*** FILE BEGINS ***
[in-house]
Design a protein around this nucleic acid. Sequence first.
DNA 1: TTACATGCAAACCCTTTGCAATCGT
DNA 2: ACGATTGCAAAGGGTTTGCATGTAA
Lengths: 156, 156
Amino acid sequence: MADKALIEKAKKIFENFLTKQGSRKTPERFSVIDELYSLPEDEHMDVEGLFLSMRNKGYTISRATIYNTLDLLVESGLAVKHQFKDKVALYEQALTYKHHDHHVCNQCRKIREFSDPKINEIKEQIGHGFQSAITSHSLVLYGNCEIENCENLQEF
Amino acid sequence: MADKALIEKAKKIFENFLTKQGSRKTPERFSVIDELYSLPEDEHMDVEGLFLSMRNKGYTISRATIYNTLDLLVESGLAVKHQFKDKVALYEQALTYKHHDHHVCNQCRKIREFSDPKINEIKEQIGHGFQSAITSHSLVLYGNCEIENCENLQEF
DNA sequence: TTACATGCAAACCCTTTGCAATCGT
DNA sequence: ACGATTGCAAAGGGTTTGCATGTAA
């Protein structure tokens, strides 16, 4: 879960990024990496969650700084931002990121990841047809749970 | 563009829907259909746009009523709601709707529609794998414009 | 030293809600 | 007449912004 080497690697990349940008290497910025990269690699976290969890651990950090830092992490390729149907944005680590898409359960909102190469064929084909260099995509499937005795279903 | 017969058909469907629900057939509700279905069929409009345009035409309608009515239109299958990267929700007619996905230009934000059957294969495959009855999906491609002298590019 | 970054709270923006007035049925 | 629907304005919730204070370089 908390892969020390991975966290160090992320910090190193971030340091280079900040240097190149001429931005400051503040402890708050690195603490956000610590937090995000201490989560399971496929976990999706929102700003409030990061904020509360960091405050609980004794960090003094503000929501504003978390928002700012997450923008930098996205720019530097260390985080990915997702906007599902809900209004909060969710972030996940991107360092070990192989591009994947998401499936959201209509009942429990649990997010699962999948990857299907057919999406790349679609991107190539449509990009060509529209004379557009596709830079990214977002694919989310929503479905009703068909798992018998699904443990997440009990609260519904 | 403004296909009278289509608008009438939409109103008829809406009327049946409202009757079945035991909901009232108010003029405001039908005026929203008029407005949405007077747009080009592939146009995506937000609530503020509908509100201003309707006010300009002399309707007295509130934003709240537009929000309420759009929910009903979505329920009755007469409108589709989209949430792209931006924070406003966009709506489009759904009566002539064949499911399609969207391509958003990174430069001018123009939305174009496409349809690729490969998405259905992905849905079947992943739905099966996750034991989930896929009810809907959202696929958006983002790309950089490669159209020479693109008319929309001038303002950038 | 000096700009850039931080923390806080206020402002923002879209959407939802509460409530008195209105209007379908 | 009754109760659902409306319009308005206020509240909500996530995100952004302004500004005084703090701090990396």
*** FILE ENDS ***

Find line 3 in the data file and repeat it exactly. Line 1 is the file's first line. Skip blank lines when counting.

DNA 1: TTACATGCAAACCCTTTGCAATCGT